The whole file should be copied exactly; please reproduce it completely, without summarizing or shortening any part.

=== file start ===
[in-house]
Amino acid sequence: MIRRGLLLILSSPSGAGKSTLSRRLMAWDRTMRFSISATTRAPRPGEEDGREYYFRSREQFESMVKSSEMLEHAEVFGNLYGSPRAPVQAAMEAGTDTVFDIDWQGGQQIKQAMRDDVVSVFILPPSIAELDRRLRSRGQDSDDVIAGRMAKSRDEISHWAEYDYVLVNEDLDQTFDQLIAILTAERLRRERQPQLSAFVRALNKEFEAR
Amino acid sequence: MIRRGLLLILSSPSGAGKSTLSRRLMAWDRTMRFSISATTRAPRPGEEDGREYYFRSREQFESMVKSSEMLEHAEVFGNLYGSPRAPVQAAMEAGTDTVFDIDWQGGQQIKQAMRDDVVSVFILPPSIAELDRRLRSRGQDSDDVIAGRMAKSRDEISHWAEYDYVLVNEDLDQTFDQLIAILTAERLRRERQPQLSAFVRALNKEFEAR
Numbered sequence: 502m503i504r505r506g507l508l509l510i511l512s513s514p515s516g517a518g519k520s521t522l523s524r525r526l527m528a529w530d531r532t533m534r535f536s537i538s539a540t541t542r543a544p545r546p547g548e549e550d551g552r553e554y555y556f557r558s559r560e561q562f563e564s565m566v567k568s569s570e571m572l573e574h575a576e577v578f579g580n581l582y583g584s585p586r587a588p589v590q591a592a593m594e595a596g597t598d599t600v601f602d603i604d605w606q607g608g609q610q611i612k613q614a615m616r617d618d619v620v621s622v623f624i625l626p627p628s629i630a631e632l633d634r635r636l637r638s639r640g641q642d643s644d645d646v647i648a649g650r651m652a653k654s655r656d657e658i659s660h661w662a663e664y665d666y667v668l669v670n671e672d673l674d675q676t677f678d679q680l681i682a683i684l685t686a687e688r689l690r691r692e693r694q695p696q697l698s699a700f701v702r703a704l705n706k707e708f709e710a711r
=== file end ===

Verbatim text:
[in-house]
Amino acid sequence: MIRRGLLLILSSPSGAGKSTLSRRLMAWDRTMRFSISATTRAPRPGEEDGREYYFRSREQFESMVKSSEMLEHAEVFGNLYGSPRAPVQAAMEAGTDTVFDIDWQGGQQIKQAMRDDVVSVFILPPSIAELDRRLRSRGQDSDDVIAGRMAKSRDEISHWAEYDYVLVNEDLDQTFDQLIAILTAERLRRERQPQLSAFVRALNKEFEAR
Amino acid sequence: MIRRGLLLILSSPSGAGKSTLSRRLMAWDRTMRFSISATTRAPRPGEEDGREYYFRSREQFESMVKSSEMLEHAEVFGNLYGSPRAPVQAAMEAGTDTVFDIDWQGGQQIKQAMRDDVVSVFILPPSIAELDRRLRSRGQDSDDVIAGRMAKSRDEISHWAEYDYVLVNEDLDQTFDQLIAILTAERLRRERQPQLSAFVRALNKEFEAR
Numbered sequence: 502m503i504r505r506g507l508l509l510i511l512s513s514p515s516g517a518g519k520s521t522l523s524r525r526l527m528a529w530d531r532t533m534r535f536s537i538s539a540t541t542r543a544p545r546p547g548e549e550d551g552r553e554y555y556f557r558s559r560e561q562f563e564s565m566v567k568s569s570e571m572l573e574h575a576e577v578f579g580n581l582y583g584s585p586r587a588p589v590q591a592a593m594e595a596g597t598d599t600v601f602d603i604d605w606q607g608g609q610q611i612k613q614a615m616r617d618d619v620v621s622v623f624i625l626p627p628s629i630a631e632l633d634r635r636l637r638s639r640g641q642d643s644d645d646v647i648a649g650r651m652a653k654s655r656d657e658i659s660h661w662a663e664y665d666y667v668l669v670n671e672d673l674d675q676t677f678d679q680l681i682a683i684l685t686a687e688r689l690r691r692e693r694q695p696q697l698s699a700f701v702r703a704l705n706k707e708f709e710a711r